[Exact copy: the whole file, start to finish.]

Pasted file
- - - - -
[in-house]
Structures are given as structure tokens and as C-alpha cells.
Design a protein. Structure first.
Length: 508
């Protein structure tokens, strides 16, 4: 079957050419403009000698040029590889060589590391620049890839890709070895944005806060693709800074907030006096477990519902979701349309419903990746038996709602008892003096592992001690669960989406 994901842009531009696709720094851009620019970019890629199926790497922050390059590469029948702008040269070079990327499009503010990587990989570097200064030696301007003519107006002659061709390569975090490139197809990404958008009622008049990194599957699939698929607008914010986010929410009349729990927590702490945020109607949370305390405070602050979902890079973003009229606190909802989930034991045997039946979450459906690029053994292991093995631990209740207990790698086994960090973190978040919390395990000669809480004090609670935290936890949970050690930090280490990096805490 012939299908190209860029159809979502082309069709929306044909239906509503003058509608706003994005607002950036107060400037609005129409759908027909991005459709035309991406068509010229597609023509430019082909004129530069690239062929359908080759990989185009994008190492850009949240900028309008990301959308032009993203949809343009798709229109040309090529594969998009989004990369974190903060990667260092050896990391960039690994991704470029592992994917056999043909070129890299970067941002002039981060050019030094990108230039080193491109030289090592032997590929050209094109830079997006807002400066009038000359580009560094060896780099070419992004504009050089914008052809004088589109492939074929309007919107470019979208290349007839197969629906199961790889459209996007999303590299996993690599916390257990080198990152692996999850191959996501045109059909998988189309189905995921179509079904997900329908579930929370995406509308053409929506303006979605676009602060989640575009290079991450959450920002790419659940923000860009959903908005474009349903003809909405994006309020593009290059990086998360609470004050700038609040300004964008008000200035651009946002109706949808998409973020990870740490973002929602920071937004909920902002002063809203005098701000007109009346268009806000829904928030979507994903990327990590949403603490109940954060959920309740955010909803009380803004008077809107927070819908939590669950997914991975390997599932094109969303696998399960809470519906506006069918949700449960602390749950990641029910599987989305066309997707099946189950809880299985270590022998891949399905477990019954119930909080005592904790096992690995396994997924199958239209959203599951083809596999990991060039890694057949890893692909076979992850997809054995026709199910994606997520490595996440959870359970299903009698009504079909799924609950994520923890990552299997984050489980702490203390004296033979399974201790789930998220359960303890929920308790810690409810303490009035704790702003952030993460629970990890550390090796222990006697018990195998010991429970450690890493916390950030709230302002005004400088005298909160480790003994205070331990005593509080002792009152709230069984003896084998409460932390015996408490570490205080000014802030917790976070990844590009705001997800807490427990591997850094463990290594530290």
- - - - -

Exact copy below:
[in-house]
Structures are given as structure tokens and as C-alpha cells.
Design a protein. Structure first.
Length: 508
């Protein structure tokens, strides 16, 4: 079957050419403009000698040029590889060589590391620049890839890709070895944005806060693709800074907030006096477990519902979701349309419903990746038996709602008892003096592992001690669960989406 994901842009531009696709720094851009620019970019890629199926790497922050390059590469029948702008040269070079990327499009503010990587990989570097200064030696301007003519107006002659061709390569975090490139197809990404958008009622008049990194599957699939698929607008914010986010929410009349729990927590702490945020109607949370305390405070602050979902890079973003009229606190909802989930034991045997039946979450459906690029053994292991093995631990209740207990790698086994960090973190978040919390395990000669809480004090609670935290936890949970050690930090280490990096805490 012939299908190209860029159809979502082309069709929306044909239906509503003058509608706003994005607002950036107060400037609005129409759908027909991005459709035309991406068509010229597609023509430019082909004129530069690239062929359908080759990989185009994008190492850009949240900028309008990301959308032009993203949809343009798709229109040309090529594969998009989004990369974190903060990667260092050896990391960039690994991704470029592992994917056999043909070129890299970067941002002039981060050019030094990108230039080193491109030289090592032997590929050209094109830079997006807002400066009038000359580009560094060896780099070419992004504009050089914008052809004088589109492939074929309007919107470019979208290349007839197969629906199961790889459209996007999303590299996993690599916390257990080198990152692996999850191959996501045109059909998988189309189905995921179509079904997900329908579930929370995406509308053409929506303006979605676009602060989640575009290079991450959450920002790419659940923000860009959903908005474009349903003809909405994006309020593009290059990086998360609470004050700038609040300004964008008000200035651009946002109706949808998409973020990870740490973002929602920071937004909920902002002063809203005098701000007109009346268009806000829904928030979507994903990327990590949403603490109940954060959920309740955010909803009380803004008077809107927070819908939590669950997914991975390997599932094109969303696998399960809470519906506006069918949700449960602390749950990641029910599987989305066309997707099946189950809880299985270590022998891949399905477990019954119930909080005592904790096992690995396994997924199958239209959203599951083809596999990991060039890694057949890893692909076979992850997809054995026709199910994606997520490595996440959870359970299903009698009504079909799924609950994520923890990552299997984050489980702490203390004296033979399974201790789930998220359960303890929920308790810690409810303490009035704790702003952030993460629970990890550390090796222990006697018990195998010991429970450690890493916390950030709230302002005004400088005298909160480790003994205070331990005593509080002792009152709230069984003896084998409460932390015996408490570490205080000014802030917790976070990844590009705001997800807490427990591997850094463990290594530290």